It was an emotional masterpiece. Bravo, bravo, bravissimo!

Miss Saigon was one of the best stories I’ve seen recently and I want to thank the playwrights, the lyricists, the composers, the director, and the actors for making me believe in the power of storytelling again (and the power of musicals).

For those of you who aren’t aware of what Miss Saigon’s about, here’s a little summary:

In the last days of the Vietnam War, 17-year-old Kim is forced to work in a Saigon bar run by a notorious character known as the Engineer. There she meets and falls in love with an American G.I. named Chris, but they are torn apart by the fall of Saigon. For 3 years Kim goes on an epic journey of survival to find her way back to Chris, who has no idea he’s fathered a son.

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It’s written by Claude-Michel Schönberg and Alain Boublil and in the 80s it went huge with Lea Salonga (the voice of Mulan and a Broadway star, for those of you who really don’t know who she is) as Kim and Simon Bowman as Chris Scott. And this new edition for the 25th anniversary of the musical with Eva Noblezada and Alistair Brammer as Kim and Chris is just as good as the old one (which is to say, it’s amazing). If you haven’t seen it yet, I’m going to recount a few reasons as to why you should really, and I mean really, do yourself the favor of doing so ASAP.
One, the music is incredible with such sweet classics as “The Movie in My Mind”, “Why God Why”, “Sun and Moon”, and “The American Dream”. The singing is off the charts amazing and moving and all  the things that La La Land or even Les Mis, the movie, wasn’t.
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Two, it’s an actual theater production filmed on camera (oh don’t give me that look)! It’s filmed beautifully with a lot of close ups that transport you into a different world. Into the world of love and war and lives torn apart and stitched back together.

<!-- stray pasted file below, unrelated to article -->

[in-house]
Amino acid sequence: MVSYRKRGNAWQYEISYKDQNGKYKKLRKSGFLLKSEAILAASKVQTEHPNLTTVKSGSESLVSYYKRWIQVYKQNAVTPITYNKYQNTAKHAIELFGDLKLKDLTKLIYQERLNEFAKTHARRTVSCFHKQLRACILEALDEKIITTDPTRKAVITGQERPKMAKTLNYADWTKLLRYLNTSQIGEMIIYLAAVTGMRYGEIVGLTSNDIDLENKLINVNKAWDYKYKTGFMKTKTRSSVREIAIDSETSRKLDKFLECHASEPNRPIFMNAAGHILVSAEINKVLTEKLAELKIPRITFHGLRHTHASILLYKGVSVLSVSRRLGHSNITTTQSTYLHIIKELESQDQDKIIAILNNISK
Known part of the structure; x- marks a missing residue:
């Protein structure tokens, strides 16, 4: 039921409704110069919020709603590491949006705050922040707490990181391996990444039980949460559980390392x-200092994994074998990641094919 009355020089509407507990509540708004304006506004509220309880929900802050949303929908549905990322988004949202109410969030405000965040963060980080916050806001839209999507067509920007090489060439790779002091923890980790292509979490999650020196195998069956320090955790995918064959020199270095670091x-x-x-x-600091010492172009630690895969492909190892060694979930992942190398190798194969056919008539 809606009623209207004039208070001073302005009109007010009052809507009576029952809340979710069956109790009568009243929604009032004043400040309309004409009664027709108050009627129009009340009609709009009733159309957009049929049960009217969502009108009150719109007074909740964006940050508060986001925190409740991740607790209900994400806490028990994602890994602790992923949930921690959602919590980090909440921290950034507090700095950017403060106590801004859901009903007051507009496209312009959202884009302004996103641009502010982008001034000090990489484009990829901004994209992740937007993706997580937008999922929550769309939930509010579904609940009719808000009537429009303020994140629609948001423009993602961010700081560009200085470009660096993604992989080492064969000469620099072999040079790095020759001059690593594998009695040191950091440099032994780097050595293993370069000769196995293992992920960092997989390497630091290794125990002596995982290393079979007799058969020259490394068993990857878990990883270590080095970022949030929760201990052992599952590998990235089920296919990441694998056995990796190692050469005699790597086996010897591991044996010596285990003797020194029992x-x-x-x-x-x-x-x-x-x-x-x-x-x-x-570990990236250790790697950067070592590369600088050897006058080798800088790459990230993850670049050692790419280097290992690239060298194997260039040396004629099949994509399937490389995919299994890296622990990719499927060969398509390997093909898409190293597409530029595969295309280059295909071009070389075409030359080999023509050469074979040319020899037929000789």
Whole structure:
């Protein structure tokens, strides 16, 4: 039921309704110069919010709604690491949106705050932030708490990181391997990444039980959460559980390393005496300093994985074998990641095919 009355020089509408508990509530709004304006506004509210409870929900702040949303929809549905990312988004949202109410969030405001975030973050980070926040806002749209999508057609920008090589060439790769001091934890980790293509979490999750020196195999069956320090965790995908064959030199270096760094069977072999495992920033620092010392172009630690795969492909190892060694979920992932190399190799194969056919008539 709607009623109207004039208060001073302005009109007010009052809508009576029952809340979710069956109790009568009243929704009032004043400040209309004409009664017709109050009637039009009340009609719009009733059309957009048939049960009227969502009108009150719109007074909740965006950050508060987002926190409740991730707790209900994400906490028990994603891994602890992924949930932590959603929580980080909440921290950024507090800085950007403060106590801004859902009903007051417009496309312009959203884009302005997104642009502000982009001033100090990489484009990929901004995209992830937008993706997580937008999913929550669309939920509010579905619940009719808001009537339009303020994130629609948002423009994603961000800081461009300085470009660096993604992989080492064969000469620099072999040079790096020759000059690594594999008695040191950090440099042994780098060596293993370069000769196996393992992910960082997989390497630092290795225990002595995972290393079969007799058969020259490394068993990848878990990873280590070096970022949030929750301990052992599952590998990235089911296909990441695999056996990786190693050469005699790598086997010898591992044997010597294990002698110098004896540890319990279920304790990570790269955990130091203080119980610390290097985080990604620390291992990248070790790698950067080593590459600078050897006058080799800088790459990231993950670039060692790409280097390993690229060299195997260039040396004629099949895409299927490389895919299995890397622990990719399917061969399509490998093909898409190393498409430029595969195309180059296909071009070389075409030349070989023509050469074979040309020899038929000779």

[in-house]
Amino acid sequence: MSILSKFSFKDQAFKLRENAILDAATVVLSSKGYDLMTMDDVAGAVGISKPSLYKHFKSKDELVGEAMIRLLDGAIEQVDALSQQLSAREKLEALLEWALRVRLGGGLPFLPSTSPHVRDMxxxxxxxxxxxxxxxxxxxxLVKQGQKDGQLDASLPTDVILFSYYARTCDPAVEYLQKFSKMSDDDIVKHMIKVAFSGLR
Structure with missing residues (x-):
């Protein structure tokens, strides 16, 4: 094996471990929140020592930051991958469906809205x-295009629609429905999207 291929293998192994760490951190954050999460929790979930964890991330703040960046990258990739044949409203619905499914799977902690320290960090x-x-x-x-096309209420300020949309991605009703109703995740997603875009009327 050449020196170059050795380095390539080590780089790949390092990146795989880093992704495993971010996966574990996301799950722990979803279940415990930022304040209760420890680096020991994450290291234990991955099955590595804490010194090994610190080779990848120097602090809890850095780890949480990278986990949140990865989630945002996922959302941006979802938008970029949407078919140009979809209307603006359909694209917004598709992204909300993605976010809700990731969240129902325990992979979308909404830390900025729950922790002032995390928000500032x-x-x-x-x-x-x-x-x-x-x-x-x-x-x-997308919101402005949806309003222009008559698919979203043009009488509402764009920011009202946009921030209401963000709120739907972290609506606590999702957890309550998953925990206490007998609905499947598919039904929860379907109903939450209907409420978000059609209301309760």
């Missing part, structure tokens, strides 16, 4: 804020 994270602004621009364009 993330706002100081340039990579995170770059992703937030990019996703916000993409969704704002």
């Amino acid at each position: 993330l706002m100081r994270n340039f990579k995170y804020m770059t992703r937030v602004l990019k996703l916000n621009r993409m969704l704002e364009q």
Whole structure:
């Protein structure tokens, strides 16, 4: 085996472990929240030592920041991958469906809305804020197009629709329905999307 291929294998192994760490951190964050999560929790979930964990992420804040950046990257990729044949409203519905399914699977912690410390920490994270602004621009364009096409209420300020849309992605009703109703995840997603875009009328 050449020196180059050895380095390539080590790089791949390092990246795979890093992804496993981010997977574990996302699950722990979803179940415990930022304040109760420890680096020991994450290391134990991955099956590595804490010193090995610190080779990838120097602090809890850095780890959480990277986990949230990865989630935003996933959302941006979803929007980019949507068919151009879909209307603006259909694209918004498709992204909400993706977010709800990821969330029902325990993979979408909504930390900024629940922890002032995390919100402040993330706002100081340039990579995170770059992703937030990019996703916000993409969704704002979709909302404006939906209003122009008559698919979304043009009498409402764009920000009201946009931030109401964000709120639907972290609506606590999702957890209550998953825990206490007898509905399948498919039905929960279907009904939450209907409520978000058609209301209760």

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Three, it’s the best love story since Rome and Juliet (no, better even, because it has these songs that just make you want to cry and laugh and cry again). After seeing it, my own heart was in a state of shattered confusion and my mind, in a state of sheer amazement.
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Four, the set. Oh, the set was something to look at, with dingy bars, crowded streets, grey slums, real helicopters, and so much more. The way it was filmed also enhanced the set in ways watching it from a theater seat couldn’t. I was simply stunned.
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Five, the actors were a joy to watch. Their performance was captivating, a rare gem that you don’t stumble upon very often. There was so much pain and passion and fierceness and injustice and love in the way they portrayed the characters, that I couldn’t help but be invested in their story from start to finish and then some.
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In fact, Miss Saigon was so incredible, that I didn’t even mind the ending. Were there any flaws, you ask?
I scoff at your question.
No, no, NO!
But I wouldn’t recommend it for children under 16-17 because of some explicit content (it’s nothing too serious but still if you have a kid, maybe you should watch the musical by yourself first, and then judge whether or not you want them to see it). You’ll probably want to see it again after it’s over, anyways. So that doesn’t count as a flaw.
Overall, it was one of the best movies/musicals/stories I’ve seen/read recently and I’m very inclined to keep talking about its utter epicness. But, alas, I’ll spare you my further fangirling and go have another listen to the soundtrack, while you go have a look at the musical (really, why are you not watching it already?).

Tips (sometimes useful advice), reviews (sometimes coherent ramblings), and stories (sometimes amazing tales) every week, promise! 

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